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New Pulls

Lisa Bulawsky, Nick Bubash, Bill Fick and Tom Huck

  • Friday, April 5, 2002 from 6:30 pm – 9:00 pm
  • On View: April 5, 2002 – May 10, 2002

“New Pulls” a collaboration between Highpoint and Kevin Quandt Fine Art, presents four printmakers whose work offers unique visions of the human condition. These artists’ images encompass dark humor and psychology, the rural south, the seven deadly sins, and mask-like portraits of unknown peoples. Join us at Highpoint for an Opening reception, including food and drink, on friday April 5, 6:30 – 9:00 PM. Highpoint’s Artistic Director Cole Rogers, and Kevin Quandt of Quandt Fine Art, will be on hand to discuss the work with guests. For an indepth look at each artist’s work visit www.kqfineart.com.

Nick Bubash
artist statement: My father is Croatian probably Turkish, my mother is Sicilian a descendent of Sephardics, my wife and my children and family are Irish, my brother is Italian and Spanish and my sister married a pole, a German, and a Hungarian one each, my neighbors are African and Icelandic, my dog is Maltese, my cats are from Siam and I am reincarnated from India, my food is Algerian with bread from France, nuts from Brazil tea from China and coffee from Hawaii and Columbia, my watch and cheese are Swiss and my caviar is Russian, my car is Japanese, my shoes Bolivian, my shirt Pakistan, my carpets are Persian, my dishes and my radio are from Mexico, my silverware and language are English, the children’s toys from Taiwan my dijerdoo is Aboriginal I am an extremist by nature, my religion is fundamentalist by choice but my rabbi is Baptist, I wear the skin of a Maori and my art is at least in part if not completely a result of the criss/cross of the above.

Lisa Bulawsky
artist statement: My vision, gesture, and ideas filter through my knowledge and experience as a printmaker. As a printmaker, I am a generalist and a blasphemist. While I am interested in the populist tradition in printmaking, in reproducibility and its democratic potentiality, I am equally interested in the uniqueness of the printed mark, its beauty, depth, and security in contrast with other marks and materials. In all of my work, there is a strong metaphorical quality to the combination of materials, images, and formal presentations in which elements blend, then threaten to contradict each other, setting up a paradigm that is rich, human, tense, restricting, and liberating all at once.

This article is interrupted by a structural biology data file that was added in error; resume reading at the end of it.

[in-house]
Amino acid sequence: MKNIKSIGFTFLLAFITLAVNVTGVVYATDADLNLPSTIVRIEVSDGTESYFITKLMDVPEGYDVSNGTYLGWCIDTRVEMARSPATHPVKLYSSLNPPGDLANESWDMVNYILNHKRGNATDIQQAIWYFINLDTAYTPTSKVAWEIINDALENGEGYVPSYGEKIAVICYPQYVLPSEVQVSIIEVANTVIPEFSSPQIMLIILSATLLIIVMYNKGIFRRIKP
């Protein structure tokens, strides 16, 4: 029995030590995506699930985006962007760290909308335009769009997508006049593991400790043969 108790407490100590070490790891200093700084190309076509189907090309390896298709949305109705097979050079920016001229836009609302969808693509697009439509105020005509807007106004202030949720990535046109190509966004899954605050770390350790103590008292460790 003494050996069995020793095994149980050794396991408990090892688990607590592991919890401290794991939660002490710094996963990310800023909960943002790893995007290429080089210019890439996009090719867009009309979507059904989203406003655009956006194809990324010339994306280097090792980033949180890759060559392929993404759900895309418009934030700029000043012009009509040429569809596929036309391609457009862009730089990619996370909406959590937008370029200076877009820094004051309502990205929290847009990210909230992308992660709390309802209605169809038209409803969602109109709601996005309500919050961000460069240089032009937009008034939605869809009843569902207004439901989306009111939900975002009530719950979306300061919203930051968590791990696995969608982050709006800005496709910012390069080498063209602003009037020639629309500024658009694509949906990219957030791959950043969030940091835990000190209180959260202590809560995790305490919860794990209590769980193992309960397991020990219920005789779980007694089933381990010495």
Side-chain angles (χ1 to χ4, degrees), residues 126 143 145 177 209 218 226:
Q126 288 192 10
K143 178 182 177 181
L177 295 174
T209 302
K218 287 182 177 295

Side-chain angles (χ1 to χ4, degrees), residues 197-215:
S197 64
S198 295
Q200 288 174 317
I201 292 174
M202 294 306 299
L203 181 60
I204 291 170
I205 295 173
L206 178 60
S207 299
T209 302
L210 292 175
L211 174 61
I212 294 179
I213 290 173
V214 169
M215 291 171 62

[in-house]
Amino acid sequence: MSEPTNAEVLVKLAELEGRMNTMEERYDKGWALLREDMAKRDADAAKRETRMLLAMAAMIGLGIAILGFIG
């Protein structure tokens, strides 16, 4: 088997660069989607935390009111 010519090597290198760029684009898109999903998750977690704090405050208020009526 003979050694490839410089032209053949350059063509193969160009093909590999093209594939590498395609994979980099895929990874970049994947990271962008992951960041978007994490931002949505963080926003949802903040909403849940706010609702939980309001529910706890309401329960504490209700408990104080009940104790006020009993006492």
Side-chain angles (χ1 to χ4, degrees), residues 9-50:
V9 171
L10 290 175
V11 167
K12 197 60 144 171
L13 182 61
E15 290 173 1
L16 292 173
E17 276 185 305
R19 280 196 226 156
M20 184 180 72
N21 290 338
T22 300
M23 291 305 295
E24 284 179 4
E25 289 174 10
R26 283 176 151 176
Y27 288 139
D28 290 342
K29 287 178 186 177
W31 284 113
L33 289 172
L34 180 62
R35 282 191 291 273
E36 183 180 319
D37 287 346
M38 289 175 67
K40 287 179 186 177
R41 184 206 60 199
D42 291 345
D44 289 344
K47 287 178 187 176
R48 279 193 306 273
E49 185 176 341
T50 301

The subject of my work could fit under some droll and inclusive title in the humanities like The Psychology of Culture or Psycho-American Studies. I do consider my work to be reflective, if not diagnostic, of the human condition. I like to think that it functions as a kind of contemporary diagnosis of timeless social phenomenon. In particular, I have been investigating gender, stereotype, power, and limitation through a social and psychological lens, and with a sardonic edge. I like to play the straight man off the comic, the statement of fact next to the irony. The expression of these concerns takes different forms and launches from different platforms, as discreet works on paper, as installation, as temporary public project.

Bill Fick
artist statement: Printmaking has a long tradition of narrative satire. My work follows this tradition while also drawing upon elements of comics, cartoons and popular culture. Linocut is the perfect medium for making super graphic images.

Tom Huck
artist statement: My work deals with personal observations about the experiences of living in a small town in southeast Missouri. The often Strange and Humorous occurrences, places, and people in these towns offer a never-ending source of inspiration for my prints. I call this work “rural satire”. My work has been influenced by an array of artists, among then the woodcuts of Albrecht Durer, the etchings of Warrington Colescott, nearly all of the German Expressionists, and the late great Frank Zappa. My Chosen media is printmaking, specifically the woodcut. The combination of dark humor with the inherently expressive medium of the woodcut heightens the complexity of my images. For the past 2 years I have been engaged in the creation of a folio of prints entitled “2 Weeks in August: 14 Rural Absurdities”. Each image depicts a single day’s occurrence, while all the images together describe a period of two weeks. The images come from either personal accounts or local folklore from my hometown of Potosi, Missouri.